“Hero” is a word we throw around all too often these days. It seems we bestow that title upon anyone we feel that has done something even slightly significant or has sacrificed something. Some use it as a mental bandage by attaching it to someone in the wake of a great loss. Not to sound unsympathetic, but that situation deserves another word. A “Hero” is something different. Just because someone shows up doesn’t mean they get a ribbon, just because someone survived something challenging or horrible, doesn’t mean they’ve done something more extraordinary then just surviving (humans are actually pretty good at that), but “Hero”? Lets’ not water down the meaning of that label; let’s not confuse what it means to be so dedicated to something so selfless that it would actually deserve the honor of that title. These were some of the opening sentiments of the United States Army Surgeon General Lt. Gen. Patricia D. Horoho, this past Veteran’s Day at the Pentagon as she introduced the film, “When I Have Your Wounded” a documentary about the Dustoff missions featuring our Grandfather, Charles L. Kelly.
As kids, my brother, my cousins, and I would play army at our grandmother house; we’d dig through old trunks and pull out flight suits, jackets, and military patches, which we’d pin to our shirts. We’d kick ant piles in oversized jungle boots and break-dance in fatigues. I remember thinking how cool it was that my cousin plugged in grandpa’s flight helmet to his boom box and used it as earphones. We all marveled at the giant display case of medals on the wall, which included the Distinguished Service cross, The Silver Star, the Distinguished Flying Cross, Purple Hearts, and even the Vietnamese medal of honor. Once in a while grandma would show us newspaper clippings, articles, and letters about our grandfather. A heliport in Texas, a classroom in Alabama, a street in Colorado, a high school football stadium in Georgia have been named after him; he’s been the subject of many a chapter in different books and numerous websites. There were people that would visit, there were amazing stories, and their memories of the man both as a soldier and a father. I don’t recall grandma calling him a hero, we knew he was, but to her, he was much, much, more than that.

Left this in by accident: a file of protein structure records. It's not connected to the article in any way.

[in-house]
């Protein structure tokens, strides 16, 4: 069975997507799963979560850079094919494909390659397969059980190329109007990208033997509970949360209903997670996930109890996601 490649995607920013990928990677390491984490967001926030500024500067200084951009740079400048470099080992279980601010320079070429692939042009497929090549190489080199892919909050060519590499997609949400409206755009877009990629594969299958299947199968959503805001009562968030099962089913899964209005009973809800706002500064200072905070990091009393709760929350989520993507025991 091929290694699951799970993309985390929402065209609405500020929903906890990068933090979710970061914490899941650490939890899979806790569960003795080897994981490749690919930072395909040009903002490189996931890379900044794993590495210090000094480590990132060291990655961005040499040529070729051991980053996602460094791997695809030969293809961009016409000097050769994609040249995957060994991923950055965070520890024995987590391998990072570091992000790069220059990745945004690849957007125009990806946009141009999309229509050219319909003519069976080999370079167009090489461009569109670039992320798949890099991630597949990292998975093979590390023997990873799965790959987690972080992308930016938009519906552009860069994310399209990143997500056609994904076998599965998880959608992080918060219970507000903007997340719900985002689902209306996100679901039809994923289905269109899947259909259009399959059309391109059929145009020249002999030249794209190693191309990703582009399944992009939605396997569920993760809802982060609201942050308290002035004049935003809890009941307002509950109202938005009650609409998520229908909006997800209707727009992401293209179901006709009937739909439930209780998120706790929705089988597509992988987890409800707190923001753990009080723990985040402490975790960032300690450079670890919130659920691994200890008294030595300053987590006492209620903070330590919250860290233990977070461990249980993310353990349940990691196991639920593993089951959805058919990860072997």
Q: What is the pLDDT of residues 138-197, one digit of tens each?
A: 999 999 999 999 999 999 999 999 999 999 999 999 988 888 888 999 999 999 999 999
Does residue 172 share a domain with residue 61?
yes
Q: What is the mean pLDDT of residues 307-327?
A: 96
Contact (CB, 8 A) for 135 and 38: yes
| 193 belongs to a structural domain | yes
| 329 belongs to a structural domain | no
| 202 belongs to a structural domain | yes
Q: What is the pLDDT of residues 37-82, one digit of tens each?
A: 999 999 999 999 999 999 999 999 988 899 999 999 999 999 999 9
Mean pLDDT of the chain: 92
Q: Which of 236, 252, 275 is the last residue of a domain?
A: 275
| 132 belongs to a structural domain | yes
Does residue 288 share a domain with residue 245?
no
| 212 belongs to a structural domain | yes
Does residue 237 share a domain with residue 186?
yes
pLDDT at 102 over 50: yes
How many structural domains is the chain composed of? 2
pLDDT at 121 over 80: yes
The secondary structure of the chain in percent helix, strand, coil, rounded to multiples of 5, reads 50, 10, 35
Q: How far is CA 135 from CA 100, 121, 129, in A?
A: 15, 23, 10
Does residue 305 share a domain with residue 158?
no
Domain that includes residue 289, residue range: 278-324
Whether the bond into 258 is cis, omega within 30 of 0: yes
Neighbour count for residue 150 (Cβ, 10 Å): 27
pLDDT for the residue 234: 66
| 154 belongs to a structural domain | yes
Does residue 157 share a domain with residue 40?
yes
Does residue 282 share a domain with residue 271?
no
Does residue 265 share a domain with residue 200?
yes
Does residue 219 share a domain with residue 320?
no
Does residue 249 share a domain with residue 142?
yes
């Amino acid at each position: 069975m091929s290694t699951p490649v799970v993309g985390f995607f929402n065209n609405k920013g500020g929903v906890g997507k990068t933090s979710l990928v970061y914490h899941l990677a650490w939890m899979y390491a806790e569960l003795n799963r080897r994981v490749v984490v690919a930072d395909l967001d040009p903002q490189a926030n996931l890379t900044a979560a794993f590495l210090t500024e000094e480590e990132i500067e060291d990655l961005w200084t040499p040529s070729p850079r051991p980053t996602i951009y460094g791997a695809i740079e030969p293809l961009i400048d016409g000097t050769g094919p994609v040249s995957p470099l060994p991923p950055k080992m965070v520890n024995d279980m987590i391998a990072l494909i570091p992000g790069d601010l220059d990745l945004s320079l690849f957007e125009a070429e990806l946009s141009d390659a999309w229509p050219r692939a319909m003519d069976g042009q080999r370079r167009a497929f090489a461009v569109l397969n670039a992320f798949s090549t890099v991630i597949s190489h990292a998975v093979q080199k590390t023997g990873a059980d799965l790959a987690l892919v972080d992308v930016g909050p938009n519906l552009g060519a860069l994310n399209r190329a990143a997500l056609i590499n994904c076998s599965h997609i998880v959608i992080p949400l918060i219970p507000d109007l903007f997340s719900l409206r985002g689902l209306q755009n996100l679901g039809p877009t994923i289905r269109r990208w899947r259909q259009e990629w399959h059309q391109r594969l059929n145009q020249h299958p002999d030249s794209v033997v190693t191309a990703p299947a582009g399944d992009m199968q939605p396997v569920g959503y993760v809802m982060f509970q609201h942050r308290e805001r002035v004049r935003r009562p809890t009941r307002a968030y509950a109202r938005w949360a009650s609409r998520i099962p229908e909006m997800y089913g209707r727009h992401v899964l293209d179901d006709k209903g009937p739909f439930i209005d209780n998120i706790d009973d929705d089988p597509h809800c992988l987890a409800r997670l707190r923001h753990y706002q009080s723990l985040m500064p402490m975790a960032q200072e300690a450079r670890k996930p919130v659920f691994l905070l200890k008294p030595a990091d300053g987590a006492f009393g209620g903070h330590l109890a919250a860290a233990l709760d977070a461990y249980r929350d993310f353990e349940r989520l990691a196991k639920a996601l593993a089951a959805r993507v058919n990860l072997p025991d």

Charles L. Kelly grew up in Sylvania Ga. When WWII, came, he lied about his age and joined the army infantry at age 15. He received his first purple heart during that time when he was shot in the leg. He also served in the Korean War. When Kelly got to Vietnam he was assigned the developing the medical evacuation unit loosely referred to as “Dustoff”. He was granted 5 Huey helicopters, which he had to constantly fight for, as well as pieces and parts to keep them going. Kelly set new standards for flying, often by breaking protocol or by bucking his superiors.
Because of the huge risks and innovations unthinkable at the time the Dustoff unit became known to the soldiers as, “Kelly’s Crazies”, He was often called “Mad-Man Kelly” or “Combat Kelly”. They would fly at night without lights just above the tree line. They would fly into a firefight unarmed, sideways, taking fire from the bottom while shielding and pulling in the wounded on the other side. They would hover into small openings in the jungle lowering rescue baskets to load the wounded while the blades of the helicopter would whorl dangerously just inches away from tree trunks, (One medic in the film recalls tree bark being chipped away by the blades). While most soldiers saw action maybe 3 times a week, Kelly’s men would see it 3 times a day and to a wounded soldier, the sound of those blades approaching were on par with the wings of angels. They were constantly replacing and repairing the bullet ridden and banged up Hueys, but within months they had a new system down and when they got the call they could be loaded, in the air, and on the way within 6 minutes. This “golden hour” system was unlike anything that had been done before; it revolutionized the history of field evacuation and would ultimately save hundreds of thousands of lives.